My Gaze is attracted to the abstract, and the no-objective. There are some representational photographs that I do like, however, in my own work and to inform my own work, I like to look at images that are ‘one of a kind’ unusual, unique and or novel.
This is a result of the ubiquitous nature of the image to-day. How many times more can I see an image of Yosemite? Ansel Adams was the best at that particular subject matter in my opinion, because of the format he used (8×10) the development of the Zone system, which maintained good shadow detail in the shadow regions of the image as well as the highlights, the image has good focus from foreground to background. Ansel printed his own images and had a tight control how they looked and were consumed. His subject dealt with the ‘Beauty of the American West’ and made me realize that we are in dangers of losing it to pollution, acid rain and environmental destruction due to the consuming of natural resources.
However, I can see many images that are made by similar photographers, who are clones of Ansel, and I am not interested in that type of photography in my own practice.
I have always found that painters are ahead of the curve, so I like to reference their works The best at abstraction in my opinion is Kasimir Malevich (Black Square) He removed everything visual that is objective (representational) out of his images, which I find very attractive. I also like the work of Paul Klee, who attracted the representational down to basic forms, so there may be a few hints of the objective (representational) in is images which I also enjoy.
In my practice, I have been working towards this end, and so-far this module, I have managed to abstract my subject matter of fences down to images that a fence is barely perceptible. The subject has changed from images and function of ‘Fences’ to metaphors of what fences connote: namely, separation, division, fear,challenge and the like.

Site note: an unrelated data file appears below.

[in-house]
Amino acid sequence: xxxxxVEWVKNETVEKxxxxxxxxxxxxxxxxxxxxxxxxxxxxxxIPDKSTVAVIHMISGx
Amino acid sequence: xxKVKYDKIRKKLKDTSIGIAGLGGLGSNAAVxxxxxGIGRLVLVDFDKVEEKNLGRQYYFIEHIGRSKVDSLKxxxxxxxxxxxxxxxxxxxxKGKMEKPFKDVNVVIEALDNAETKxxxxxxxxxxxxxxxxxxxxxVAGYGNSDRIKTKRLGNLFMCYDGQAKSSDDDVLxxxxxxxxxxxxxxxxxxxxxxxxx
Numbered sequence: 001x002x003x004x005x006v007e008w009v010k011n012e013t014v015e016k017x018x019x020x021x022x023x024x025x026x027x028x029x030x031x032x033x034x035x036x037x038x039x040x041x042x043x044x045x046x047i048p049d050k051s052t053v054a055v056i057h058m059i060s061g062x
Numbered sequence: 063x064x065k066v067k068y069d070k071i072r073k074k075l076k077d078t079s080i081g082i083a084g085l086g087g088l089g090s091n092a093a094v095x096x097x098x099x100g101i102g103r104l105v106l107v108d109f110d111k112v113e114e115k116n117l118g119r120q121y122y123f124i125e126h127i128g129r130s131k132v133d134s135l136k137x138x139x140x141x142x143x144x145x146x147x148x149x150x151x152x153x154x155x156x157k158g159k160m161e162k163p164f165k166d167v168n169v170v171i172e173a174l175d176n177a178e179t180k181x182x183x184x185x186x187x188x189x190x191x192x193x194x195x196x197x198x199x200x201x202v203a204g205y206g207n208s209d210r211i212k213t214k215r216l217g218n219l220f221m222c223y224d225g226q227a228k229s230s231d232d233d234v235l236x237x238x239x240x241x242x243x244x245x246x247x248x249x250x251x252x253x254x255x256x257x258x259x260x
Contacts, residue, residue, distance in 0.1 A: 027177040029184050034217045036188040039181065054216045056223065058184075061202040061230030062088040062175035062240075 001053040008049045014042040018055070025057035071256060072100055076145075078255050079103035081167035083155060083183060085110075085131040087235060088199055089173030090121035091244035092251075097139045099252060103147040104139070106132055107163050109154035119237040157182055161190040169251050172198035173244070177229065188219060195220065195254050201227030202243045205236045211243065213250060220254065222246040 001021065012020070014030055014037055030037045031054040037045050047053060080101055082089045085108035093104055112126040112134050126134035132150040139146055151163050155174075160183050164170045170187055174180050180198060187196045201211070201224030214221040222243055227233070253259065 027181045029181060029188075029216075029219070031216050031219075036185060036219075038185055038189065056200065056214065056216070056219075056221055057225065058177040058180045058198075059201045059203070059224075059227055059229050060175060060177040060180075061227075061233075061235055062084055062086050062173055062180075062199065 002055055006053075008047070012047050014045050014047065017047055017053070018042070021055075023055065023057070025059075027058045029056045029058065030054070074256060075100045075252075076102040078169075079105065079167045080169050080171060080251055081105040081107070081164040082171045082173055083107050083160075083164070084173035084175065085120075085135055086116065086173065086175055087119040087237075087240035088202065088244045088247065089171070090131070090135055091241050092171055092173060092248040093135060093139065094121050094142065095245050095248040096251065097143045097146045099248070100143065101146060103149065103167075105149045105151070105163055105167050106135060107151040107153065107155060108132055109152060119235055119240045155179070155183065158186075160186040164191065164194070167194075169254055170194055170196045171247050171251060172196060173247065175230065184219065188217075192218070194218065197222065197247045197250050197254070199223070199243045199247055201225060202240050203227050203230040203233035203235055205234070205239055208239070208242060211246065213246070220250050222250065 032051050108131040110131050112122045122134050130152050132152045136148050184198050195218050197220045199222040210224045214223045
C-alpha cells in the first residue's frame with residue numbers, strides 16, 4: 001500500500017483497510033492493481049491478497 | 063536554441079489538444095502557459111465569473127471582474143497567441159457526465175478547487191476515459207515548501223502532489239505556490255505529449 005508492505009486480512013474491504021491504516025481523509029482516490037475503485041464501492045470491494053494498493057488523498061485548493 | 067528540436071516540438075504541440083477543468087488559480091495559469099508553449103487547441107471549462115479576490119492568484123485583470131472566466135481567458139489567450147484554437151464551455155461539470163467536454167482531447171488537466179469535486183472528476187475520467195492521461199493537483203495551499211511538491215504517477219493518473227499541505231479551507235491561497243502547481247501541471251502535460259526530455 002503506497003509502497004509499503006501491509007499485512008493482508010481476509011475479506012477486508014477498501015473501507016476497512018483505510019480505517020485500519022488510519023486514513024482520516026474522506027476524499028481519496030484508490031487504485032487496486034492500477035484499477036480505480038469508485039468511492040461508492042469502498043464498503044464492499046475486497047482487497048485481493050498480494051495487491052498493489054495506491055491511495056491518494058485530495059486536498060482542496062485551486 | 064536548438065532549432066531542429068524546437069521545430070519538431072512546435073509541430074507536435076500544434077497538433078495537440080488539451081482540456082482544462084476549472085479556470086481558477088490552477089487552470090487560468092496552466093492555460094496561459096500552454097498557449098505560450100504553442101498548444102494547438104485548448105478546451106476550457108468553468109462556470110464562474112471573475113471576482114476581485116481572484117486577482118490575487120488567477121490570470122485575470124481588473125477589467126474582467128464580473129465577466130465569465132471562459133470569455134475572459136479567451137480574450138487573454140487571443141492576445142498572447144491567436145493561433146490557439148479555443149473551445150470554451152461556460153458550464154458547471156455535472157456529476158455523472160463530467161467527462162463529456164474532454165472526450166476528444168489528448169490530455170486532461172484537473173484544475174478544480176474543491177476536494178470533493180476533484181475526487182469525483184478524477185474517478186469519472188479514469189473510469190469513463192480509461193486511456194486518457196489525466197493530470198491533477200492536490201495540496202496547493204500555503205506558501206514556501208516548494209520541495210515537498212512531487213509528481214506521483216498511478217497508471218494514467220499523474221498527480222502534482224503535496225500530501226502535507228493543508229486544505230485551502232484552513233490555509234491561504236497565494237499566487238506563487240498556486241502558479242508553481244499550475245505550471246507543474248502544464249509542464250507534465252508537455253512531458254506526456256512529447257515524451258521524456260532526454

The pleasure of the gaze is a biological function. We see to survive and procreate. In order to survive we are attracted to things of beauty. I presume this is why the female sex is made beautiful to look at. Males get attracted, good things happen, and the species survives. If women were not attractive, men would not get attracted, and the species would have died out eons ago. I can presume this extends on to the arts so some degree as well.
The Body and Land:
As far as Adam’s ‘never’ having people in his images, I disagree with that. He did not have images of people in his landscapes, but did have people in his lesser known works, like his photography he did at the Japanese interment camp at Manzanar during the second world war.
” Although a majority of the more than 200 photographs are portraits, the images also include views of daily life, agricultural scenes, and sports and leisure activities.”
As human beings we have a direct connection with the land: “In the sweat of thy face shalt thou eat bread, till thou return unto the ground; for out of it wast thou taken: for dust thou art, and unto dust shalt thou return.”
There are many great artists, who create by looking at nature and the land for inspiration. For me the land and the contents of the land are one and the same. If I look at the works for Edward Weston. Famous for his Nudes, Pepper series, and landscapes. Weston was preoccupied with the female form, so whether it was a rock, a toilet, a pepper, or a seashell, he always managed to get more out of the image than the subject matter alone. I think this is clear in one of his quotes: “This then: to photograph a rock, have it look like a rock, but be more than a rock. Significant representations – not interpretation.”